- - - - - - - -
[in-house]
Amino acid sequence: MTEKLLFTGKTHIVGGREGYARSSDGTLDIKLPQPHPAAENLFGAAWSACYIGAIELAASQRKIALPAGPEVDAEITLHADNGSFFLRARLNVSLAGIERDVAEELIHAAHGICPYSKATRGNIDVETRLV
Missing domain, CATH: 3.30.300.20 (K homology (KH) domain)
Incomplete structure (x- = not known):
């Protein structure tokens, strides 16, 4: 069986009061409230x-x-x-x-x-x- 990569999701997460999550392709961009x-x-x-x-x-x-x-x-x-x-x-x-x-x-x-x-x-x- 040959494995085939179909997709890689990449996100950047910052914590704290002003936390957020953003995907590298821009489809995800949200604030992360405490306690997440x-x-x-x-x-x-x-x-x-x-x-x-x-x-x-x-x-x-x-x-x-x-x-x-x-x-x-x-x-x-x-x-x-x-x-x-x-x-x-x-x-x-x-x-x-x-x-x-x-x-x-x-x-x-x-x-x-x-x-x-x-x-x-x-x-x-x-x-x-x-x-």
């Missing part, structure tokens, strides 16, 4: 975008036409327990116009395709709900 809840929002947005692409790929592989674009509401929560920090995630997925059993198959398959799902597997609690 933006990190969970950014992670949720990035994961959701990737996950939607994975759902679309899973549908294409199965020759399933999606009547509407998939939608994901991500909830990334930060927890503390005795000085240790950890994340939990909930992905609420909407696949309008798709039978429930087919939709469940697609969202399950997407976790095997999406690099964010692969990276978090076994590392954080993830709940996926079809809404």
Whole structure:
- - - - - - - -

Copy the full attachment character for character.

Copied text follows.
[in-house]
Amino acid sequence: MTEKLLFTGKTHIVGGREGYARSSDGTLDIKLPQPHPAAENLFGAAWSACYIGAIELAASQRKIALPAGPEVDAEITLHADNGSFFLRARLNVSLAGIERDVAEELIHAAHGICPYSKATRGNIDVETRLV
Missing domain, CATH: 3.30.300.20 (K homology (KH) domain)
Incomplete structure (x- = not known):
């Protein structure tokens, strides 16, 4: 069986009061409230x-x-x-x-x-x- 990569999701997460999550392709961009x-x-x-x-x-x-x-x-x-x-x-x-x-x-x-x-x-x- 040959494995085939179909997709890689990449996100950047910052914590704290002003936390957020953003995907590298821009489809995800949200604030992360405490306690997440x-x-x-x-x-x-x-x-x-x-x-x-x-x-x-x-x-x-x-x-x-x-x-x-x-x-x-x-x-x-x-x-x-x-x-x-x-x-x-x-x-x-x-x-x-x-x-x-x-x-x-x-x-x-x-x-x-x-x-x-x-x-x-x-x-x-x-x-x-x-x-």
């Missing part, structure tokens, strides 16, 4: 975008036409327990116009395709709900 809840929002947005692409790929592989674009509401929560920090995630997925059993198959398959799902597997609690 933006990190969970950014992670949720990035994961959701990737996950939607994975759902679309899973549908294409199965020759399933999606009547509407998939939608994901991500909830990334930060927890503390005795000085240790950890994340939990909930992905609420909407696949309008798709039978429930087919939709469940697609969202399950997407976790095997999406690099964010692969990276978090076994590392954080993830709940996926079809809404």
Whole structure: